The dream of a perfect novel drives writers crazy
There is a dream that haunts writers: the dream of the perfect novel. It is a dream that causes only chaos and misery. The dream of this perfect novel is really the dream of a perfect revelation of the self. In America, where the self is so neatly wedded to the social, their dream of the perfect novel is called "The Great American Novel" and requires the revelation of the soul of a nation , not just of a man . . .
Still I think the principle is the same: on both sides of the Atlantic we dream of a novel that tells the truth of experience perfectly. Such a revelation is impossible -it will always be a partial vision, and even a partial vision is incredibly hard to achieve. The reason it is so hard to think of more than a handful of great novels is because the duty I've been talking about - the duty to convey accurately the truth of one's own conception - is a duty of the most demanding kind. If, every 30 years, people complain that there were only a few first-rate novels published, that's because there were only a few. Genius in fiction has always been and always will be extremely rare. Fact is, to tell the truth of your own conception - given the nature of our mediated world, given the shared and ambivalent nature of language, given the elusive, deceitful, deluded nature of the self - truly takes a genius, truly demands of its creator a breed of aesthetic and ethical integrity that makes one's eyes water just thinking about it. But there's no reason to cry. If it's true that first-rate novels are rare, it's also true that what we call the literary canon is really the history of the second-rate, the legacy of honourable failures. Any writer should be proud to join that list just as any reader should count themselves lucky to read them.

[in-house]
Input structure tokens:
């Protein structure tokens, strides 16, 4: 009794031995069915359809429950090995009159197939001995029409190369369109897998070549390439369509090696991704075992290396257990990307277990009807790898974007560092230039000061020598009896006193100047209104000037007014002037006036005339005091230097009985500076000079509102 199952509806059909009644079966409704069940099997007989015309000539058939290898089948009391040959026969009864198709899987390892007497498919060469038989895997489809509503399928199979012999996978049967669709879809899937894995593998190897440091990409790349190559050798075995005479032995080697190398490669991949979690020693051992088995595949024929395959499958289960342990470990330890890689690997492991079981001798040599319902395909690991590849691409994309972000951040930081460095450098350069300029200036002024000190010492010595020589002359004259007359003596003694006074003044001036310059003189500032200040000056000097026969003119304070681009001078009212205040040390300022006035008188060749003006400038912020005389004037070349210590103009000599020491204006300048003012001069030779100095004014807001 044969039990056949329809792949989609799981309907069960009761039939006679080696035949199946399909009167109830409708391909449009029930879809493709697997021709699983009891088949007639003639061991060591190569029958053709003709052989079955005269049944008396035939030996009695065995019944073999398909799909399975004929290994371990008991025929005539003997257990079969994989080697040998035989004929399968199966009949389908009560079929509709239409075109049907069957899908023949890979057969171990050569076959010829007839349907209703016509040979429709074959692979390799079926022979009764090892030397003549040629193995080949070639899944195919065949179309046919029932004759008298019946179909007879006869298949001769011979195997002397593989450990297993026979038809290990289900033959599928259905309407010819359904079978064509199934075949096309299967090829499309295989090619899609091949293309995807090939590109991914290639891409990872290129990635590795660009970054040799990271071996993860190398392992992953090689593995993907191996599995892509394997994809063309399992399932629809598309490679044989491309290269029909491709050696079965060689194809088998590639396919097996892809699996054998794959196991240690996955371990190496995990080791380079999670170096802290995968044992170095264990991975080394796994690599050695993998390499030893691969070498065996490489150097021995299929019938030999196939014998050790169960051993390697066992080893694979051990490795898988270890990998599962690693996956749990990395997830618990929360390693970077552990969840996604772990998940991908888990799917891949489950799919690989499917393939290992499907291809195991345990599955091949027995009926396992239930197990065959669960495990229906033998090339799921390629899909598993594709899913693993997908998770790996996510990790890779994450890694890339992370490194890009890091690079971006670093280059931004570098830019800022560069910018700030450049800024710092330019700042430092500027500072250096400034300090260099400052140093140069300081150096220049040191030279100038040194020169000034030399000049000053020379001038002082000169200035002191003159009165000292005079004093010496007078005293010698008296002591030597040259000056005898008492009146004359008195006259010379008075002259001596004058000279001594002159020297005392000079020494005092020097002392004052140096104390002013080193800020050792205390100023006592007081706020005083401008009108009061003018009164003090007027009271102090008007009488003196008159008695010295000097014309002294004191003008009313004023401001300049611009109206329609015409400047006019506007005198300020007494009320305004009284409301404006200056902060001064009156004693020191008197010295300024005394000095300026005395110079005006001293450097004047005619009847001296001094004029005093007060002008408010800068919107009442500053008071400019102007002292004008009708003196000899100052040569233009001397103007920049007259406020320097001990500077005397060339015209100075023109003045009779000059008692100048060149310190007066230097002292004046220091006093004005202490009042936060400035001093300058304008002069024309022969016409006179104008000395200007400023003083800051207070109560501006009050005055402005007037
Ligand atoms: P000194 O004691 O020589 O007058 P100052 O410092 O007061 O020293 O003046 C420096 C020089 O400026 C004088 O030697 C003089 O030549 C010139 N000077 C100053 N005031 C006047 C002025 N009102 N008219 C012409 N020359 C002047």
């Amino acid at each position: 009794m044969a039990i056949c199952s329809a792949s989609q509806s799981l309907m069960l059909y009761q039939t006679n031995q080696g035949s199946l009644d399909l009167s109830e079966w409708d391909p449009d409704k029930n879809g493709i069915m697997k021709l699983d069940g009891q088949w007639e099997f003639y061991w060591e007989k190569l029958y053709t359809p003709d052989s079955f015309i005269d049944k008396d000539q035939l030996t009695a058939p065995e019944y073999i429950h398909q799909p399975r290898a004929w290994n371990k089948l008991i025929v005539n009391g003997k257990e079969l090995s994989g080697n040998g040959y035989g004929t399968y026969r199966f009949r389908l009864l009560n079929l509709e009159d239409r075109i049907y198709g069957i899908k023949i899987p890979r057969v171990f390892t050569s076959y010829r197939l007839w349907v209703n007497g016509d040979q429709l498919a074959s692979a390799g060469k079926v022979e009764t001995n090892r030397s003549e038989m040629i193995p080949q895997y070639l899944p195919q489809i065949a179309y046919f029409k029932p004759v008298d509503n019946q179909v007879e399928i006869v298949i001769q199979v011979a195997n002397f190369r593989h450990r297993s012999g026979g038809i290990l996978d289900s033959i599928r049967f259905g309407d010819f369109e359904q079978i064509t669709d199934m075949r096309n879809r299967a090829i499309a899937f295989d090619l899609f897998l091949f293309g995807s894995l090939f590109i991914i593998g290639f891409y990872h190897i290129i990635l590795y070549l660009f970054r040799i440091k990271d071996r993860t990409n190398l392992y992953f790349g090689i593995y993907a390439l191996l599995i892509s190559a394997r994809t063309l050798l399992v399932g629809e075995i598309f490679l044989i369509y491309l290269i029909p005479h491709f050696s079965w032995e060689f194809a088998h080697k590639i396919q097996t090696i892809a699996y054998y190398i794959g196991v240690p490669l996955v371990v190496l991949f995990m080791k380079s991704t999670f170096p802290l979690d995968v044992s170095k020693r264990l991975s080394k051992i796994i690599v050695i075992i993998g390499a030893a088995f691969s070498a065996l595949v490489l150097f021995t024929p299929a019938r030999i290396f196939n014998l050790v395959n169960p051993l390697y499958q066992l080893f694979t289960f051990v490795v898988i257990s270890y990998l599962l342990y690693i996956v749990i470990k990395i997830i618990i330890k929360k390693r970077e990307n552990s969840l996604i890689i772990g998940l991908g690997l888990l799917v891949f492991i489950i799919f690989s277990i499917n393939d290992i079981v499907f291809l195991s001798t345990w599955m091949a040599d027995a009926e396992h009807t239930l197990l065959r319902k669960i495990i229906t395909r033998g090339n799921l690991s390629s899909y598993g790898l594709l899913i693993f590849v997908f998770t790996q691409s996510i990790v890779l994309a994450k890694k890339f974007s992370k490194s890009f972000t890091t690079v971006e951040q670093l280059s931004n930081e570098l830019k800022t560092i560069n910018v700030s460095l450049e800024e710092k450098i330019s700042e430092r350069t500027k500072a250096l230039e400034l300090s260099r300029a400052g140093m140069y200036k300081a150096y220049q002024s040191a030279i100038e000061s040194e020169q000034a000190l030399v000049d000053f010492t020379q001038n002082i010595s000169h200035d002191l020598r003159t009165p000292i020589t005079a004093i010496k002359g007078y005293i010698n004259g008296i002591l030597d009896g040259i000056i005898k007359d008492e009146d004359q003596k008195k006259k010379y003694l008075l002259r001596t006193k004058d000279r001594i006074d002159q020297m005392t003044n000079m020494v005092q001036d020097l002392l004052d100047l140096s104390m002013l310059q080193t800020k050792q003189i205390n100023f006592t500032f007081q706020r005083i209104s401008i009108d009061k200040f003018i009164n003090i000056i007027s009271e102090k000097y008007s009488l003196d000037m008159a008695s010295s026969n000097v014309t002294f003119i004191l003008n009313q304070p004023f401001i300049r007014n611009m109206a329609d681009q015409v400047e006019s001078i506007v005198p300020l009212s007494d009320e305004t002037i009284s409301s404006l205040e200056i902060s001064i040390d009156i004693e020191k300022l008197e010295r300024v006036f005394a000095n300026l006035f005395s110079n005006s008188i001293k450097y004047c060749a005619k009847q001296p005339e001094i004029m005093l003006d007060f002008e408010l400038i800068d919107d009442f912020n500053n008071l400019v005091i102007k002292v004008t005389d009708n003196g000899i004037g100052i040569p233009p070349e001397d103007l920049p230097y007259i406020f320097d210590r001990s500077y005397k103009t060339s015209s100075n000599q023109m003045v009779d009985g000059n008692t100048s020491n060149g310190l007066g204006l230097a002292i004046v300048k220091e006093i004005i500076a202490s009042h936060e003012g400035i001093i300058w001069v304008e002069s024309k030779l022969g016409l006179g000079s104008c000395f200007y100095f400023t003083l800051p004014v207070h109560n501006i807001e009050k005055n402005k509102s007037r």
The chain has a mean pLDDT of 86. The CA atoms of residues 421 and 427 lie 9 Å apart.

The literature we love amounts to the fractured shards of an attempt, not the monument of fulfilment. The art is in the attempt, and this matter of understanding-that-which-is-outside-of-ourselves using only what we have inside ourselves amounts to some of the hardest intellectual and emotional work you'll ever do. It is a writer's duty. It is also a reader's duty. Did I mention that yet?
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Next Post: 'Moolaadé' (Review, to be published on Thursday 5th November at 11:59pm (GMT)